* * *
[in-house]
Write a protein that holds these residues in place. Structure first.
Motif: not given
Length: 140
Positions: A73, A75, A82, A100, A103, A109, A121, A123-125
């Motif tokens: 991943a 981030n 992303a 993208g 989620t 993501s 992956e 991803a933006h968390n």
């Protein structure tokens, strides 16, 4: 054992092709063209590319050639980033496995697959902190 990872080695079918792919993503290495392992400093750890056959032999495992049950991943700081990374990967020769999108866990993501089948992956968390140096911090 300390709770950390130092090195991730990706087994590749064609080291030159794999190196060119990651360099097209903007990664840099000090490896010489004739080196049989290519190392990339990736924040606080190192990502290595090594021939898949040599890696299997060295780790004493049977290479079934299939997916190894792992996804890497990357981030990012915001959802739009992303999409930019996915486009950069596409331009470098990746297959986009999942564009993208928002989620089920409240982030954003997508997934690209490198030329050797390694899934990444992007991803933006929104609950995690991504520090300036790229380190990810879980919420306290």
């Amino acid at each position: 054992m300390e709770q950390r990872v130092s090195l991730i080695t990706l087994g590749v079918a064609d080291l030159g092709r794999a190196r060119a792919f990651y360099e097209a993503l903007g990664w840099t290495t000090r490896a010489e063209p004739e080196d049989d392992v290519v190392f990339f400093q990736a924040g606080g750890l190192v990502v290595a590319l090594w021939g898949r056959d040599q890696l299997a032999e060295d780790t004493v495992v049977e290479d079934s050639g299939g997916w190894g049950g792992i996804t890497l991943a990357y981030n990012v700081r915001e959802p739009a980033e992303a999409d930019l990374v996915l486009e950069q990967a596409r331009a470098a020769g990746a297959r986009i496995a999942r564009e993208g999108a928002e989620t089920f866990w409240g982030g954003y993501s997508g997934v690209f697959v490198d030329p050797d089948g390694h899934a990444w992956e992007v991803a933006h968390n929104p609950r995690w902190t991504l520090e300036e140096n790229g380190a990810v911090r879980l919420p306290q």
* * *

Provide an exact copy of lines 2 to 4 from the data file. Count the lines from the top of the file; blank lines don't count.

Write a protein that holds these residues in place. Structure first.
Motif: not given
Length: 140